Yet another City of Johannesburg contract worth hundreds of millions of rands is set to go to court as unsuccessful bidders — after learning the city intended to award the contract to a company supplying eight-year-old components — have petitioned the Johannesburg high court to stop the award of the contract.
Bona Electronic Solutions, a bidder in the city’s plan to expand its Bus Rapid Transit (BRT) system, Rea Vaya, now wants the court to review the award and set it aside.
The contract, to design, build and maintain a bus monitoring and contract management system, was advertised by the Johannesburg Development Agency last year.
Bona was one of four bidders that responded to the city’s invite, which according to court documents, saw a joint venture under the banner of Naledi emerge as the preferred bidder. This is despite the venture submitting a bid to supply second hand equipment instead of new equipment as required in the bid specifications.
As a result, the company was able to submit a bid, at R142-million, that was R91-million cheaper than Bona’s bid of R233-million.
“The fact that Naledi quoted on existing and used equipment has given them an unfair advantage. As a result Naledi should have been disqualified from being awarded the tender as “preferred bidder,” said Bona’s founding affidavit.
Nthatisi Modingoane, the City of Johannesburg spokesperson, confirmed that the contract was awarded to Naledi, but said no contract was signed between the parties because of a complaint from one of the bidders.
“Naledi Consortium is the recommended bidder and the recommendation was based solely on the functionality and price and BBBEE evaluation. The evaluation and award was based on the Bill of Quantities which stipulated new equipment by all bidders.”
“Naledi did mention in their bid that they could save the city costs if they be allowed to re-use the current system that is in phase 1A and 1B busses which is deemed to be obsolete. That offer was not considered given that the re-use of equipment was not part of the tender specifications. The R142-million award is only for new equipment,” he said.
“Lastly, the award is subject to a judicial review application which was instituted by Bona Electronic Solutions. This application is currently pending before court,” he added.
Bona’s attorney, David Kahn of David Kahn & Associates, said his client’s legal challenge was the third against the city.
The other two are for an aborted contract award process for support, operation, and maintenance of an intelligent transport system and ICT infrastructure in 2015 — in which they were preferred bidders — and for R21-million owed to Bona for work done for the city in 2012 and 2013.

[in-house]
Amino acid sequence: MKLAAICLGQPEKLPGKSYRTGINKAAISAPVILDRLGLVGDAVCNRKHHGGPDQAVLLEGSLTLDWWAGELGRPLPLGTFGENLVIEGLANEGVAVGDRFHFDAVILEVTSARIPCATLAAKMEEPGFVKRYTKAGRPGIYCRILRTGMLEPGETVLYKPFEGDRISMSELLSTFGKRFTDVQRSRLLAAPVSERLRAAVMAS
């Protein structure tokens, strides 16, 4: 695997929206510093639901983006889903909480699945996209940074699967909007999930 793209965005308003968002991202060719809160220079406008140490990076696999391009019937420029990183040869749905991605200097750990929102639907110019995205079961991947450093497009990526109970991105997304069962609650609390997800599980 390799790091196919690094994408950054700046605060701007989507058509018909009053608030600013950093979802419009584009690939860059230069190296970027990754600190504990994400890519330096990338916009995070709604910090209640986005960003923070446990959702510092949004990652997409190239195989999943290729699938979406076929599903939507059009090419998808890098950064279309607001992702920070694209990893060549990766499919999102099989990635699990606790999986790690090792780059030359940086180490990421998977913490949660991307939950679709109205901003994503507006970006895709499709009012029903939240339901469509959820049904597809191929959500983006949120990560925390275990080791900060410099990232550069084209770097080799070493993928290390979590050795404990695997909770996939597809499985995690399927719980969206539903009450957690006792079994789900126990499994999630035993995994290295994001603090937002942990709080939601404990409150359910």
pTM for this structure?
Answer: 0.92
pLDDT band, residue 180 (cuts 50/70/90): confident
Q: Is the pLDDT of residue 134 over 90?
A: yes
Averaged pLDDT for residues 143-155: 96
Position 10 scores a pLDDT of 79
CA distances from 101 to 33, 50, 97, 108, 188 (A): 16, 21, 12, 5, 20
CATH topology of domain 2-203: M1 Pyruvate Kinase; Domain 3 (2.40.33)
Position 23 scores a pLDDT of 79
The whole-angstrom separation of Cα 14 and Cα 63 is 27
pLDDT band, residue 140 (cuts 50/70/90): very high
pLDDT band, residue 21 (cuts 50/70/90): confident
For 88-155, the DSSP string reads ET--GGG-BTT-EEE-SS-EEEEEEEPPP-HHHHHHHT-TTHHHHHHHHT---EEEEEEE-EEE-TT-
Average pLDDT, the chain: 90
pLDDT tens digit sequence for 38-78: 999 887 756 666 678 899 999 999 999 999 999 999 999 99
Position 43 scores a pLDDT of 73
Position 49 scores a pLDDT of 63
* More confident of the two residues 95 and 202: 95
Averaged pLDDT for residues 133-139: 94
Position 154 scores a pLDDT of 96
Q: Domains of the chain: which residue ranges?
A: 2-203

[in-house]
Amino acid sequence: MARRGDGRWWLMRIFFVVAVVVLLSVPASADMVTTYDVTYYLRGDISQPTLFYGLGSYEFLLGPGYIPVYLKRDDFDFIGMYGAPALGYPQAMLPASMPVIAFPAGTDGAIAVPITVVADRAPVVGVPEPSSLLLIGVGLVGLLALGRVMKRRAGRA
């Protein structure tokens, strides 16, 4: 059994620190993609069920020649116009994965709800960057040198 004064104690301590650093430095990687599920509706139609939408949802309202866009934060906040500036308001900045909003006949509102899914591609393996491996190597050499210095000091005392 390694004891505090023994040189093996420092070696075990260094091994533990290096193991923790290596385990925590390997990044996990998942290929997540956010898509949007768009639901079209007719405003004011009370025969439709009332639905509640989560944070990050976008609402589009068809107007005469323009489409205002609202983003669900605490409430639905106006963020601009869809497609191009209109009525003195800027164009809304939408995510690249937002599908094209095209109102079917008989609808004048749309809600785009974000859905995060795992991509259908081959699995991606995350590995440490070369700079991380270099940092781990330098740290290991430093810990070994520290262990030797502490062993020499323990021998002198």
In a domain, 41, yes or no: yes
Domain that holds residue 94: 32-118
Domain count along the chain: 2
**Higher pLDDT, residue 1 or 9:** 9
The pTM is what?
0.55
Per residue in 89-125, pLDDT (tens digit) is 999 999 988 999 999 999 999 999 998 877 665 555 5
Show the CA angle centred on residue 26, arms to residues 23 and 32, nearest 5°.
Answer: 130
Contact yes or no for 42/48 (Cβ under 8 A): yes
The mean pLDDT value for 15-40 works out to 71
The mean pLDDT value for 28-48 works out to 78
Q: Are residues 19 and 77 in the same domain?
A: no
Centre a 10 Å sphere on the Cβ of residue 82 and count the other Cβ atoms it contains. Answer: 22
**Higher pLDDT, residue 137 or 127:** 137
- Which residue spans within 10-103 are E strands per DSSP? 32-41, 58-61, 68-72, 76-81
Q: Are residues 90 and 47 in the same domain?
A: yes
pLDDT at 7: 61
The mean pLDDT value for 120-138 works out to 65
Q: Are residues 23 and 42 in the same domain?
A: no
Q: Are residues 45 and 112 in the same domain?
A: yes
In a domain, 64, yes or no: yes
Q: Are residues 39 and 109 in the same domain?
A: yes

The work included the procurement and installation of variable message sign monitors and a closed circuit television system for the Rea Vaya control room and bus stations.
“Our clients have been writing to the city to try and recover this money for years, but there has been no response,” he said.
Modingoane did not respond to separate questions — which were sent more than a week ago — related to the money owed. But he did say that the 2015 tender, which is also the subject of an Ernst & Young forensic investigation, was cancelled because it was cheaper to do the work internally.
“The final report was only received by the City’s Group Forensic and Investigation Services unit in the past week (about mid-September). The City is currently reviewing the report prior to implementation of its recommendations,” he said.
Internal City of Johannesburg documents, seen by the Mail & Guardian and authenticated independently, show the City’s finance department approved two separate requests, in 2012 and 2016, to pay the invoices, but the money did not reach Bona.
Last month, the M&G reported that the city’s new fire trucks, which were recently unveiled, were also the subject of a court application to set aside the contract for the vehicles. Marcé Projects approached the high court in Johannesburg asking it to set aside the contract between the city and TFM Industries, which was awarded the R500-million contract.
In July, the M&G’s Data Desk also reported on the increasing use of the deviation process — which allows for contracts to be awarded in cases of an emergency — by the city for large contracts.